Then my mother began to have affairs.

Her first was with a man who had a daughter my age.  He would come over and with my mother’s blessing, touch me and prod me.  The first time, he had came over to take pictures of her, posing nude on our balcony.  I had walked in her room out of curiosity I suppose and saw the two of them out in the sun, he was clothed and she wasn’t.  She explained quickly that he was taking pictures for my father as a gift and her boyfriend wanted me to have my picture taken too.  She helped pose me on the yellow blanket and then went back in the house while he pushed his fingers into me.

He wouldn’t be the last.  Her boyfriends would toy with my body, testing out objects and responses like I was a warm up toy or such.  And I remember I cried to her to make them stop.  She said if I didn’t like it so much they would stop.  I was eight then and I hated every moment of it and I couldn’t figure out how any of them got the idea I was enjoying any of it.   I often would wonder if my other friends went through this type of hurt from men.  And I wondered why my dad seemed to be the only man who we knew who didn’t do these things to me.

It continued on for years.

The last incident of my childhood was when I was thirteen we hosted a Christmas party and one of the men my mom had as a lover pushed me against a wall and fondled me roughly through my sweater and pushed me against the stairs to get at my crotch.  I went to my room afterwards and pushed my bed in front of my door, then climbed out my window and onto the roof of our shed to sit in the cold.  I puffed on stolen cigarettes for hours that night.

After that incident, I went to my father.  Not about the abuse.  According to my mother, he knew about it and that he thought I was a little slut who hit on all of their friends.  I told him about my mom’s affairs though.  How many different men came by while he was off to work and out of town.  I named names and gave him dates.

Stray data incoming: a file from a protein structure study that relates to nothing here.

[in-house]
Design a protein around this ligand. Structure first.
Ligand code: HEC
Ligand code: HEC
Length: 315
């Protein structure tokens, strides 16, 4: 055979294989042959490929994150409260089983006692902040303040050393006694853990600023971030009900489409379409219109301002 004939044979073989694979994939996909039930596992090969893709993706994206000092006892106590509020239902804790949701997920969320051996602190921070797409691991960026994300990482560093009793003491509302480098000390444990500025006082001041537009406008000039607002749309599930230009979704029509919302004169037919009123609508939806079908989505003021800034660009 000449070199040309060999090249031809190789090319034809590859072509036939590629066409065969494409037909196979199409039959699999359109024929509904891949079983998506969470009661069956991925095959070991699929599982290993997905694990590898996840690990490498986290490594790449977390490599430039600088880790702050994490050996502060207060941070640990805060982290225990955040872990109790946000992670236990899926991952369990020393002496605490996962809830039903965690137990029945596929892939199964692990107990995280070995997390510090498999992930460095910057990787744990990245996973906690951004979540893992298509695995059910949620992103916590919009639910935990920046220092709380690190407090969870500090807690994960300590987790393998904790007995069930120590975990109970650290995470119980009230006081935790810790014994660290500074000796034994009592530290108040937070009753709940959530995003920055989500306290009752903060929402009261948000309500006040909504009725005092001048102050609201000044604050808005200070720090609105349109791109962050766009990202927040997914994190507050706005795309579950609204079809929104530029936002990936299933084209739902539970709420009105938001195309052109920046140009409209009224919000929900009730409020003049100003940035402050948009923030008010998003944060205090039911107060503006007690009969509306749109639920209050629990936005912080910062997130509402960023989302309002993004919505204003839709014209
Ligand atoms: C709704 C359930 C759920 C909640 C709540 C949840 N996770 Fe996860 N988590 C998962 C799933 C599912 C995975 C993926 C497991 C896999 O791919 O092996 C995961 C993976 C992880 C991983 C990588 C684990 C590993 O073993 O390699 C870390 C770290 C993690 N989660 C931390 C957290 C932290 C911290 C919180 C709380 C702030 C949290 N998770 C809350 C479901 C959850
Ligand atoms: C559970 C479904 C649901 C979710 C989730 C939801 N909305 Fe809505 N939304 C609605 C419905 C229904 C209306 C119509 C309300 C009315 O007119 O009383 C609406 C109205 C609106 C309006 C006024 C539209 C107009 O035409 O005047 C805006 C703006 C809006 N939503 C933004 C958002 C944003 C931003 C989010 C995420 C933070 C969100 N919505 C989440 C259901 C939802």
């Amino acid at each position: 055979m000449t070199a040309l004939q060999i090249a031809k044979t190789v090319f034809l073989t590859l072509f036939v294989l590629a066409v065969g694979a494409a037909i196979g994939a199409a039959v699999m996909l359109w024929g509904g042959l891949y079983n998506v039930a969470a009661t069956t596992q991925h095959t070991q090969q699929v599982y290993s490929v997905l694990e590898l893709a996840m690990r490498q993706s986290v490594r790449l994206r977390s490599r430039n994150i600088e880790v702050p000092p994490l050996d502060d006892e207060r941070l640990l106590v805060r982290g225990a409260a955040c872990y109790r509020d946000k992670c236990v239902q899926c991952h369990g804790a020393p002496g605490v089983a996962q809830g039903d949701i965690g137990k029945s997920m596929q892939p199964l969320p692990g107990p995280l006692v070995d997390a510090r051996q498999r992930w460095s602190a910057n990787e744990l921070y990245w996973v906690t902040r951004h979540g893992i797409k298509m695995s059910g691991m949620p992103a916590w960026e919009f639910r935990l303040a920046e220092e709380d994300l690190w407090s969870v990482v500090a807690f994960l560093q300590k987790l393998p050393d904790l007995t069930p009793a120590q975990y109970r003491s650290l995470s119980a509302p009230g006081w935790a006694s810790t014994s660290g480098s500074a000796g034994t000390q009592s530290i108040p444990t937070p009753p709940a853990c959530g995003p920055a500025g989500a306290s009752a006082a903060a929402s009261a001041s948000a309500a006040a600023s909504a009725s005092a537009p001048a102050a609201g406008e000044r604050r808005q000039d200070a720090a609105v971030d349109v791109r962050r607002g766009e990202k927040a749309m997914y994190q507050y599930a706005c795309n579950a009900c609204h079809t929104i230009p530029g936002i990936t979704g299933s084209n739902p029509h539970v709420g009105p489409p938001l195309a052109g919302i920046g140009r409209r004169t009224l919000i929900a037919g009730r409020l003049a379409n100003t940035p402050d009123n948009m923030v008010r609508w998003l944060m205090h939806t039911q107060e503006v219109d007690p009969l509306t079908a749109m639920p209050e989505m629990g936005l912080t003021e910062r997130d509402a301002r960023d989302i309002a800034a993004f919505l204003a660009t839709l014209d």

She was angry with me after that, I think part of her still is.  I began living with a twenty year old friend who lived about a mile away.  On weekends I would spend most of my time either at her house or sleeping over at my best friend’s house.  That continued until I was about sixteen and my mom had ran away with one of her boyfriends.

It wasn’t until I was almost eighteen that I finally told my dad about the abuse and his reaction told me he never had known.  I finally got counseling for it and began to understand that it wasn’t me and that nothing I did invited it.  These were grown men, who knew right from wrong and didn’t care either way.

And Miss Oprah, let me say that they didn’t do it to make me feel good, because my tears were evidence enough that it didn’t feel good.  And telling them no didn’t stop their actions and telling my mother didn’t either.  I am sure there were other people I could have told, but at the time I didn’t know they would react any differently than my mother.

If these sex offenders want to console themselves and justify their actions with thoughts of if I’d only known she didn’t want it they are lying to themselves and to everyone around them.  It sickened me to hear them try to quantify their crimes with ignorance of the pain they would cause!



One response

11 02 2010
Marcille Wallis

Oprah needs to read this.